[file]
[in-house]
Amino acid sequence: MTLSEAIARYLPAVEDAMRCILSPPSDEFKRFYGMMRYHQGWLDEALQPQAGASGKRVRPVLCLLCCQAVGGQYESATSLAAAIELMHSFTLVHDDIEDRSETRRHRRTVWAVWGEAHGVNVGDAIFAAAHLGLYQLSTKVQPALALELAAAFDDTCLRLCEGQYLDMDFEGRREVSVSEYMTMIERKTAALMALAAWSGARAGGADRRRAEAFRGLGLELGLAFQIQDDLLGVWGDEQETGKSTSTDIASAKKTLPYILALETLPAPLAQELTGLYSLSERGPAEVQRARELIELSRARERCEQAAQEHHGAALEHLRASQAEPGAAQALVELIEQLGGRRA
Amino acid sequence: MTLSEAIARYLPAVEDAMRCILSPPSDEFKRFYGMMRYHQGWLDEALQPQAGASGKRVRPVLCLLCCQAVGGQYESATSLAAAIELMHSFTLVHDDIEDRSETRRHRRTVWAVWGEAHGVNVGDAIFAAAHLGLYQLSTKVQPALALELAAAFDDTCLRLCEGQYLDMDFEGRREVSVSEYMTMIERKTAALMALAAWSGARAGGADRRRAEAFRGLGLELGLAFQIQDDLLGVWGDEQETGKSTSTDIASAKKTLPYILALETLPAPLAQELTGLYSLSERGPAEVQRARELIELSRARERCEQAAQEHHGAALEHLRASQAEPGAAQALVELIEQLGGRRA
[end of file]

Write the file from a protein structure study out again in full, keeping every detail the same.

[in-house]
Amino acid sequence: MTLSEAIARYLPAVEDAMRCILSPPSDEFKRFYGMMRYHQGWLDEALQPQAGASGKRVRPVLCLLCCQAVGGQYESATSLAAAIELMHSFTLVHDDIEDRSETRRHRRTVWAVWGEAHGVNVGDAIFAAAHLGLYQLSTKVQPALALELAAAFDDTCLRLCEGQYLDMDFEGRREVSVSEYMTMIERKTAALMALAAWSGARAGGADRRRAEAFRGLGLELGLAFQIQDDLLGVWGDEQETGKSTSTDIASAKKTLPYILALETLPAPLAQELTGLYSLSERGPAEVQRARELIELSRARERCEQAAQEHHGAALEHLRASQAEPGAAQALVELIEQLGGRRA
Amino acid sequence: MTLSEAIARYLPAVEDAMRCILSPPSDEFKRFYGMMRYHQGWLDEALQPQAGASGKRVRPVLCLLCCQAVGGQYESATSLAAAIELMHSFTLVHDDIEDRSETRRHRRTVWAVWGEAHGVNVGDAIFAAAHLGLYQLSTKVQPALALELAAAFDDTCLRLCEGQYLDMDFEGRREVSVSEYMTMIERKTAALMALAAWSGARAGGADRRRAEAFRGLGLELGLAFQIQDDLLGVWGDEQETGKSTSTDIASAKKTLPYILALETLPAPLAQELTGLYSLSERGPAEVQRARELIELSRARERCEQAAQEHHGAALEHLRASQAEPGAAQALVELIEQLGGRRA